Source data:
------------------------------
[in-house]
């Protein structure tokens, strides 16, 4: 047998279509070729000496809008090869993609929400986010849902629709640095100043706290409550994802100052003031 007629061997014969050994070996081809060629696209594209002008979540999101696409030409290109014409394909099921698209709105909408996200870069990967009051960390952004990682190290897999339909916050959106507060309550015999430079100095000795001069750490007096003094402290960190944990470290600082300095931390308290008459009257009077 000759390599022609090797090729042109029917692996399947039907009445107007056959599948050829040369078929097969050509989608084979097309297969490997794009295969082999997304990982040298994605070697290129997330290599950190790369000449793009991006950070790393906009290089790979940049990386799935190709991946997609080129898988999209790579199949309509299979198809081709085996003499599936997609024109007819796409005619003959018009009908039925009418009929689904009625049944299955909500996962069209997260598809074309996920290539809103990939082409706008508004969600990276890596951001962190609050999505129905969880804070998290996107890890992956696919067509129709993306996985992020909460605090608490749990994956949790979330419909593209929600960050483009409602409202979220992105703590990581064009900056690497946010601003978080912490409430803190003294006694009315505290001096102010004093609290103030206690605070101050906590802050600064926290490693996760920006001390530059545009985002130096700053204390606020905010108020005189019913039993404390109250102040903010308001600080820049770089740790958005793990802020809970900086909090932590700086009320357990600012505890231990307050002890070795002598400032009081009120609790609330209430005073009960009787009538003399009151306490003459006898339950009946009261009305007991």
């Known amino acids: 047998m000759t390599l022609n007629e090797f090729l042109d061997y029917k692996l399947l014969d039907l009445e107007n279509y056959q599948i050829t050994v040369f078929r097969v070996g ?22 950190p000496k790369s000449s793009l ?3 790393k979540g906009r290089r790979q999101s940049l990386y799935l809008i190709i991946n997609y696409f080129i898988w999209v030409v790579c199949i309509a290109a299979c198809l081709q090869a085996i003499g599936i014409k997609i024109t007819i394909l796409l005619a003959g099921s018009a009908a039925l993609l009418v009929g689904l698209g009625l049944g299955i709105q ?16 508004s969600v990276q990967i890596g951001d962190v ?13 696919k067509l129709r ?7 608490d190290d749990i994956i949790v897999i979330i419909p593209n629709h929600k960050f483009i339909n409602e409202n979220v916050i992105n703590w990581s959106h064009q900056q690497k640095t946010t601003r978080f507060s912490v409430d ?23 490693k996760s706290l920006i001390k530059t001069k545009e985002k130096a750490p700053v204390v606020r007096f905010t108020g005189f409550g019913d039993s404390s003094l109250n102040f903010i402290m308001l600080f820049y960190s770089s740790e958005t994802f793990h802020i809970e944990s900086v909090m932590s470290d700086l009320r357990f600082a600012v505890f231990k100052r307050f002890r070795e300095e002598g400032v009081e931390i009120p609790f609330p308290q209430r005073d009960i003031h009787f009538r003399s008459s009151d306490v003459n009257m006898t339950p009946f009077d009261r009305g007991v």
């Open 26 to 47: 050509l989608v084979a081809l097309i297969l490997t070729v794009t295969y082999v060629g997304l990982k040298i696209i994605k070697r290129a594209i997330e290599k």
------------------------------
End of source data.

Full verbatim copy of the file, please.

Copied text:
[in-house]
């Protein structure tokens, strides 16, 4: 047998279509070729000496809008090869993609929400986010849902629709640095100043706290409550994802100052003031 007629061997014969050994070996081809060629696209594209002008979540999101696409030409290109014409394909099921698209709105909408996200870069990967009051960390952004990682190290897999339909916050959106507060309550015999430079100095000795001069750490007096003094402290960190944990470290600082300095931390308290008459009257009077 000759390599022609090797090729042109029917692996399947039907009445107007056959599948050829040369078929097969050509989608084979097309297969490997794009295969082999997304990982040298994605070697290129997330290599950190790369000449793009991006950070790393906009290089790979940049990386799935190709991946997609080129898988999209790579199949309509299979198809081709085996003499599936997609024109007819796409005619003959018009009908039925009418009929689904009625049944299955909500996962069209997260598809074309996920290539809103990939082409706008508004969600990276890596951001962190609050999505129905969880804070998290996107890890992956696919067509129709993306996985992020909460605090608490749990994956949790979330419909593209929600960050483009409602409202979220992105703590990581064009900056690497946010601003978080912490409430803190003294006694009315505290001096102010004093609290103030206690605070101050906590802050600064926290490693996760920006001390530059545009985002130096700053204390606020905010108020005189019913039993404390109250102040903010308001600080820049770089740790958005793990802020809970900086909090932590700086009320357990600012505890231990307050002890070795002598400032009081009120609790609330209430005073009960009787009538003399009151306490003459006898339950009946009261009305007991």
């Known amino acids: 047998m000759t390599l022609n007629e090797f090729l042109d061997y029917k692996l399947l014969d039907l009445e107007n279509y056959q599948i050829t050994v040369f078929r097969v070996g ?22 950190p000496k790369s000449s793009l ?3 790393k979540g906009r290089r790979q999101s940049l990386y799935l809008i190709i991946n997609y696409f080129i898988w999209v030409v790579c199949i309509a290109a299979c198809l081709q090869a085996i003499g599936i014409k997609i024109t007819i394909l796409l005619a003959g099921s018009a009908a039925l993609l009418v009929g689904l698209g009625l049944g299955i709105q ?16 508004s969600v990276q990967i890596g951001d962190v ?13 696919k067509l129709r ?7 608490d190290d749990i994956i949790v897999i979330i419909p593209n629709h929600k960050f483009i339909n409602e409202n979220v916050i992105n703590w990581s959106h064009q900056q690497k640095t946010t601003r978080f507060s912490v409430d ?23 490693k996760s706290l920006i001390k530059t001069k545009e985002k130096a750490p700053v204390v606020r007096f905010t108020g005189f409550g019913d039993s404390s003094l109250n102040f903010i402290m308001l600080f820049y960190s770089s740790e958005t994802f793990h802020i809970e944990s900086v909090m932590s470290d700086l009320r357990f600082a600012v505890f231990k100052r307050f002890r070795e300095e002598g400032v009081e931390i009120p609790f609330p308290q209430r005073d009960i003031h009787f009538r003399s008459s009151d306490v003459n009257m006898t339950p009946f009077d009261r009305g007991v």
């Open 26 to 47: 050509l989608v084979a081809l097309i297969l490997t070729v794009t295969y082999v060629g997304l990982k040298i696209i994605k070697r290129a594209i997330e290599k």